Do you often feel stressed, fatigued, or uninspired while at work? You're not alone! Many people experience these feelings while at work, but did you know that incorporating plants into your workspace can help alleviate these feelings and improve your overall well-being?
In this newsletter, we'll explore the benefits of bringing greenery into your office or workspace, including improved air quality, reduced stress levels, and increased productivity.
A study by Kim and Park (2009) found that the presence of plants in indoor environments can reduce levels of volatile organic compounds (VOCs) by up to 80%.
Low-Light Plants: If your workspace doesn't receive a lot of natural light, consider low-light plants such as snake plants, ZZ plants, or pothos. These plants can survive in low light and are easy to care for.
High-Light Plants: If your workspace has plenty of natural light, consider high-light plants such as succulents, cacti, or fiddle leaf figs. These plants thrive in bright light and can add a pop of color to your workspace.
Air-Purifying Plants: If you're looking to improve air quality in your workspace, consider air-purifying plants such as spider plants, peace lilies, or English ivy. These plants can help remove harmful chemicals from the air and improve your overall well-being.
Desktop Plants: Adding a small plant to your desk can help brighten up your workspace and provide a calming effect.
Hanging Plants: If you're short on desk space, consider hanging a plant from the ceiling or a bookshelf.
Living Walls: A living wall is a great way to add a pop of greenery to your workspace. Living walls are made up of multiple plants grown vertically on a wall or other vertical structure.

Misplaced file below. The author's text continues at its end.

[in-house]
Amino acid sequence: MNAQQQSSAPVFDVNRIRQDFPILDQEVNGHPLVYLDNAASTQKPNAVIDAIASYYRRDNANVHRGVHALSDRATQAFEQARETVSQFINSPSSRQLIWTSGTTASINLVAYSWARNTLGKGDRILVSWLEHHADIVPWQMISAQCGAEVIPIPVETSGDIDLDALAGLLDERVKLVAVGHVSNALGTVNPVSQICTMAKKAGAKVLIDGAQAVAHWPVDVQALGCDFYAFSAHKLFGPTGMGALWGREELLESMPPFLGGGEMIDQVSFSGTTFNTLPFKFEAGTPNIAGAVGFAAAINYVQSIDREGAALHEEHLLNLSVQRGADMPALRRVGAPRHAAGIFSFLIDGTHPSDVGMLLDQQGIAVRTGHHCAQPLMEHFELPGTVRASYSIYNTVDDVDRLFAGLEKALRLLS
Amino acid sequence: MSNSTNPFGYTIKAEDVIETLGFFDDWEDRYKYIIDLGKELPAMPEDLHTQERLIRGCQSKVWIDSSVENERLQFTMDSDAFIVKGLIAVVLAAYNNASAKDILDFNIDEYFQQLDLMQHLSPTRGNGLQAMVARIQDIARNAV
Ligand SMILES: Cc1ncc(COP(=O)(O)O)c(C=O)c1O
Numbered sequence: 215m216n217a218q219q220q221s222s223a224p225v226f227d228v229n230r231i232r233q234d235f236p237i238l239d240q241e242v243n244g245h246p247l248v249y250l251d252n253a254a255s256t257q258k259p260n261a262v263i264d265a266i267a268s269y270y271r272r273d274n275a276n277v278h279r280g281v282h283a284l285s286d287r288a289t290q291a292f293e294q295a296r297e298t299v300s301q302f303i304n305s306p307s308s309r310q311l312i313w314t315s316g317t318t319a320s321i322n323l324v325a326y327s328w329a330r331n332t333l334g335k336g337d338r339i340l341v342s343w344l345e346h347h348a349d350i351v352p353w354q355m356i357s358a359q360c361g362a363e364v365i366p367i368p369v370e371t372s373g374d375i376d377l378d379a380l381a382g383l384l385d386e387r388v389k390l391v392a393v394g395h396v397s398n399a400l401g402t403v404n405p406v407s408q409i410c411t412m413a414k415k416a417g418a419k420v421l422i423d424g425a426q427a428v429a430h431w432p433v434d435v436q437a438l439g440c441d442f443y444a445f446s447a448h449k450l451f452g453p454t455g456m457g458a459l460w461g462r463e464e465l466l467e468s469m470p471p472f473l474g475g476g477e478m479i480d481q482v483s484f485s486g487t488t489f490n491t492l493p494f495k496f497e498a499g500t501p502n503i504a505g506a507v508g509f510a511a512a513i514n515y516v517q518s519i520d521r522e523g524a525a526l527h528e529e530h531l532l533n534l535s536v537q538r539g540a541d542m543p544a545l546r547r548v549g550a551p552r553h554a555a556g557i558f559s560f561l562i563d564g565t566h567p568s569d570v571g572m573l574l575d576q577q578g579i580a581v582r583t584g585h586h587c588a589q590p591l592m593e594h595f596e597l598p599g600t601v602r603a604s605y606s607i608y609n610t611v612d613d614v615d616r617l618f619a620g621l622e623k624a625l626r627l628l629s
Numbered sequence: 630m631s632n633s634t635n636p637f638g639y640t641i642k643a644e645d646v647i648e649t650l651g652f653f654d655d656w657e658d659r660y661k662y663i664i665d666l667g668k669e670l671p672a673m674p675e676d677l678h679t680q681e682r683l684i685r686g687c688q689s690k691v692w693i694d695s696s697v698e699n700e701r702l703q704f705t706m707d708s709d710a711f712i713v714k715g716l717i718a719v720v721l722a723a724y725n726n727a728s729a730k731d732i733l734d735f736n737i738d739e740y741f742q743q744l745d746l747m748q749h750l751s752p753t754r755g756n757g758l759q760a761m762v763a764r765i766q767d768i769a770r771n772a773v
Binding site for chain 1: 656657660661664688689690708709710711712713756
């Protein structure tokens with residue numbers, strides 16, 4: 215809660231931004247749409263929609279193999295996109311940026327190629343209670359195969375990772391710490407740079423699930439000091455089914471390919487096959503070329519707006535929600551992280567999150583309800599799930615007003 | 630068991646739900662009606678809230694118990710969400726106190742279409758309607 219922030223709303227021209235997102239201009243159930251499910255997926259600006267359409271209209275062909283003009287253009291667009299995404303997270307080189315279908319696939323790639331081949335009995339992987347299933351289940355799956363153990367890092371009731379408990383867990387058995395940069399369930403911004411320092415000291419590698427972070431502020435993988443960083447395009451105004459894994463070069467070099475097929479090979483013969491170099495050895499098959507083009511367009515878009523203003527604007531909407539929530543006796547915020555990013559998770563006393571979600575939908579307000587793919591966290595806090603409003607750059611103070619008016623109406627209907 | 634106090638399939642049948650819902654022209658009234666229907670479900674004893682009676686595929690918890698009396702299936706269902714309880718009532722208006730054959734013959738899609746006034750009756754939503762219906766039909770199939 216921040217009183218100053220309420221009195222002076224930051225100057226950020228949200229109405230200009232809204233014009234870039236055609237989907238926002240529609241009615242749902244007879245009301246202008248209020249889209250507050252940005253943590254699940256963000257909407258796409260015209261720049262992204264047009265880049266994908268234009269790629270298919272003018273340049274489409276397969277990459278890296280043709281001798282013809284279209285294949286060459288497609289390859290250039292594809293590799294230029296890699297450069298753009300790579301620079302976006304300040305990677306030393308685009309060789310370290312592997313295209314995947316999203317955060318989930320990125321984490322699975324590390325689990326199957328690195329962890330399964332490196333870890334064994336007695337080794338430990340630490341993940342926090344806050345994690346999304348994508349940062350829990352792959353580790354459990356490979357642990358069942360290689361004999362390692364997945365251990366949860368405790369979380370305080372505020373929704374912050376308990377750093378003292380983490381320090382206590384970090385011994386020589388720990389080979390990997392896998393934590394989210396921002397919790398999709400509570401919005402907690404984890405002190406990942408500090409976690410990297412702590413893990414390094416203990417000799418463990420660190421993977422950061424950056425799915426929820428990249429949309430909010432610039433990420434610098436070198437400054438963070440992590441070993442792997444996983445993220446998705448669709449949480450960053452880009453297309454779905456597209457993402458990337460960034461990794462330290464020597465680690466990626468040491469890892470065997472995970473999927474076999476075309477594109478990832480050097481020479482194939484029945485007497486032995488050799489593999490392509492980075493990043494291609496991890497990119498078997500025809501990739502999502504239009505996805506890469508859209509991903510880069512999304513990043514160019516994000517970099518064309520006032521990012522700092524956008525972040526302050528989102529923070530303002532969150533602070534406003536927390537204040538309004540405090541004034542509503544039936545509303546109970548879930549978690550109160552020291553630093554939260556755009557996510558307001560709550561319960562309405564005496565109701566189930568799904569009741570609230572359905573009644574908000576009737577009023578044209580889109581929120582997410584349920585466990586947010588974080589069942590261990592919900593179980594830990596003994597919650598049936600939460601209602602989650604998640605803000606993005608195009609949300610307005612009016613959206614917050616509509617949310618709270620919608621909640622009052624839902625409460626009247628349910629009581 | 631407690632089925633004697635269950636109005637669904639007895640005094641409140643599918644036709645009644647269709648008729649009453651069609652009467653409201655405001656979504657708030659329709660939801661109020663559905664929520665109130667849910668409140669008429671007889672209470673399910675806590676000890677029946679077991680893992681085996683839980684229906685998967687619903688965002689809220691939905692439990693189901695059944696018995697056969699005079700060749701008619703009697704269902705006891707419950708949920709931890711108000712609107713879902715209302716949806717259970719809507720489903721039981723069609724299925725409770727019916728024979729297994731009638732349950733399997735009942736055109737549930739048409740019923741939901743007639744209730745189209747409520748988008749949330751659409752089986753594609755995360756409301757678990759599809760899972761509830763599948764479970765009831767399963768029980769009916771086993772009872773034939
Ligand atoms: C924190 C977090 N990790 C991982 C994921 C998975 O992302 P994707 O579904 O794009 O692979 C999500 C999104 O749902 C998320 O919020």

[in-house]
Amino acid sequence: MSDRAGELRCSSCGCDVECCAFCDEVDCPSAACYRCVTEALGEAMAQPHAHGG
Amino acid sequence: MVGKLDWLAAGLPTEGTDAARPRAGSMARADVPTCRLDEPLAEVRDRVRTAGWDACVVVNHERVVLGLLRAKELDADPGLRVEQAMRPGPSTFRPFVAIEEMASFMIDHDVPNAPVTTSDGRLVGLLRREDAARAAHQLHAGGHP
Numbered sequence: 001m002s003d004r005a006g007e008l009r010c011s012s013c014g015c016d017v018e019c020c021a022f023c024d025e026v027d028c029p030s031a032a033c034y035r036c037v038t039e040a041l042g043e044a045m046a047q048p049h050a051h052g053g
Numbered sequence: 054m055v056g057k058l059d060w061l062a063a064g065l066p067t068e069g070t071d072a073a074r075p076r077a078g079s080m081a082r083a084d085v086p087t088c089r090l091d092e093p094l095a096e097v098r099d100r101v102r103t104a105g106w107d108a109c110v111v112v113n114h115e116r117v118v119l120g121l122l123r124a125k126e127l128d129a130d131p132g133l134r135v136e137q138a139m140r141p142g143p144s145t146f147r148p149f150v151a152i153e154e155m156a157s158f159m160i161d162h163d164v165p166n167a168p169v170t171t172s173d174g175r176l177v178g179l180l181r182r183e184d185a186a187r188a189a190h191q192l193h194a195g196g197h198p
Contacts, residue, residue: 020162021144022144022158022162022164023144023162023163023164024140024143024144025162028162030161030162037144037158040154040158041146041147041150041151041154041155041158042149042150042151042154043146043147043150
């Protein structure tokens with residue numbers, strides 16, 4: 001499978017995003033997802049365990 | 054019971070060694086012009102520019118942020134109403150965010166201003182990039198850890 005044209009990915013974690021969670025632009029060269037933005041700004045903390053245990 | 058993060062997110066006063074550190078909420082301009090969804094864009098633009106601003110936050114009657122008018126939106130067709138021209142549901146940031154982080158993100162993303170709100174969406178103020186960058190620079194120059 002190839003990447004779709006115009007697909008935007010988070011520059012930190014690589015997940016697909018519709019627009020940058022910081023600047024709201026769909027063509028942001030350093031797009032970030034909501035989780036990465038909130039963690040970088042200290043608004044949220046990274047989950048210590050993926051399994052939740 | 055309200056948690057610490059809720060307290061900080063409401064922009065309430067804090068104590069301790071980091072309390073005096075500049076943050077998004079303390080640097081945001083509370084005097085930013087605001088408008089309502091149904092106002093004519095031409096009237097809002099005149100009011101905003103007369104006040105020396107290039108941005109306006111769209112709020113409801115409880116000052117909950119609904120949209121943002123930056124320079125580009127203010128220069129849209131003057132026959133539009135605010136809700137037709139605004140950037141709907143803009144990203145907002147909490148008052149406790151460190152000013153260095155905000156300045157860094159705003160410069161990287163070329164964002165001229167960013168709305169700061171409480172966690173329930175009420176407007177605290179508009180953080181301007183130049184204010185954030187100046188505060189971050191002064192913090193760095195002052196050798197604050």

Terrariums: A terrarium is a small, enclosed ecosystem that can be a great addition to your workspace. Terrariums are easy to care for and can add a unique touch to your office décor.
Vertical Gardens: If you're short on floor space, consider a vertical garden. Vertical gardens are made up of plants grown vertically on a wall or other vertical structure.
Planters and Pots: Adding plants to decorative pots or planters can add a pop of color and personality to your workspace.
Incorporating plants into your workspace is a simple and effective way to improve your overall well-being. From improving air quality to reducing stress levels and increasing productivity, the benefits of plants in the workplace are numerous. With a little bit of care and creativity, you can create a green oasis in your workspace that will benefit both you and your colleagues.
Wolverton, B. C., Johnson, A., & Bounds, K. (1989). Interior landscape plants for indoor air pollution abatement (No. NASA-RP-1228). National Aeronautics and Space Administration, John F. Kennedy Space Center, FL.
Kim, J., & Park, S. (2009). The effects of indoor plants on air quality. Journal of the American Society of Horticultural Science, 134(4), 401-406.
Lohr, V. I., Pearson-Mims, C. H., & Goodwin, G. K. (1996). Interior plants may improve worker productivity and reduce stress in a windowless environment. Journal of Environmental Horticulture, 14(2), 97-100.
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